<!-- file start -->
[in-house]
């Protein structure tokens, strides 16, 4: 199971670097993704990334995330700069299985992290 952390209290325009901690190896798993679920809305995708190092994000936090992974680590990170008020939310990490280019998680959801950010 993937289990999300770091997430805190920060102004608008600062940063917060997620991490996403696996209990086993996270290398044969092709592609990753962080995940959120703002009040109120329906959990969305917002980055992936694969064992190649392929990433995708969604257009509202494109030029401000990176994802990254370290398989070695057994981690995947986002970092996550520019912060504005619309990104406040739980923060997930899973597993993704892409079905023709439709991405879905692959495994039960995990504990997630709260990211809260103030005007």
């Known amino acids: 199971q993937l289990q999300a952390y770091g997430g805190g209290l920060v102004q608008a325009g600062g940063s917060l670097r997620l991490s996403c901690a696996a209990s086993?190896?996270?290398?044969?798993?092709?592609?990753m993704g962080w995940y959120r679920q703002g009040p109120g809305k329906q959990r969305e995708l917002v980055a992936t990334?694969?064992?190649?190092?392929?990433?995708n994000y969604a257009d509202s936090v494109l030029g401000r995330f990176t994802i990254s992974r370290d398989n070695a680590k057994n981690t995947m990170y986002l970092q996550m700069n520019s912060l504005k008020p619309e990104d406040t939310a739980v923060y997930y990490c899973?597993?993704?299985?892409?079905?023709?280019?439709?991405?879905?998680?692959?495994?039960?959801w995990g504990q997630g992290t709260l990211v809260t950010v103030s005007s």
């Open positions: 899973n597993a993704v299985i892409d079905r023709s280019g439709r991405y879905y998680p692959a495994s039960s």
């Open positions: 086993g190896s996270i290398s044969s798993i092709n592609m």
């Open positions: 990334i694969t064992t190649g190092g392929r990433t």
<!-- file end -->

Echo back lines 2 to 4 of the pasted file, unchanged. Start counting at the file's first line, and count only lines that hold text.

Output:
């Protein structure tokens, strides 16, 4: 199971670097993704990334995330700069299985992290 952390209290325009901690190896798993679920809305995708190092994000936090992974680590990170008020939310990490280019998680959801950010 993937289990999300770091997430805190920060102004608008600062940063917060997620991490996403696996209990086993996270290398044969092709592609990753962080995940959120703002009040109120329906959990969305917002980055992936694969064992190649392929990433995708969604257009509202494109030029401000990176994802990254370290398989070695057994981690995947986002970092996550520019912060504005619309990104406040739980923060997930899973597993993704892409079905023709439709991405879905692959495994039960995990504990997630709260990211809260103030005007």
């Known amino acids: 199971q993937l289990q999300a952390y770091g997430g805190g209290l920060v102004q608008a325009g600062g940063s917060l670097r997620l991490s996403c901690a696996a209990s086993?190896?996270?290398?044969?798993?092709?592609?990753m993704g962080w995940y959120r679920q703002g009040p109120g809305k329906q959990r969305e995708l917002v980055a992936t990334?694969?064992?190649?190092?392929?990433?995708n994000y969604a257009d509202s936090v494109l030029g401000r995330f990176t994802i990254s992974r370290d398989n070695a680590k057994n981690t995947m990170y986002l970092q996550m700069n520019s912060l504005k008020p619309e990104d406040t939310a739980v923060y997930y990490c899973?597993?993704?299985?892409?079905?023709?280019?439709?991405?879905?998680?692959?495994?039960?959801w995990g504990q997630g992290t709260l990211v809260t950010v103030s005007s």
């Open positions: 899973n597993a993704v299985i892409d079905r023709s280019g439709r991405y879905y998680p692959a495994s039960s």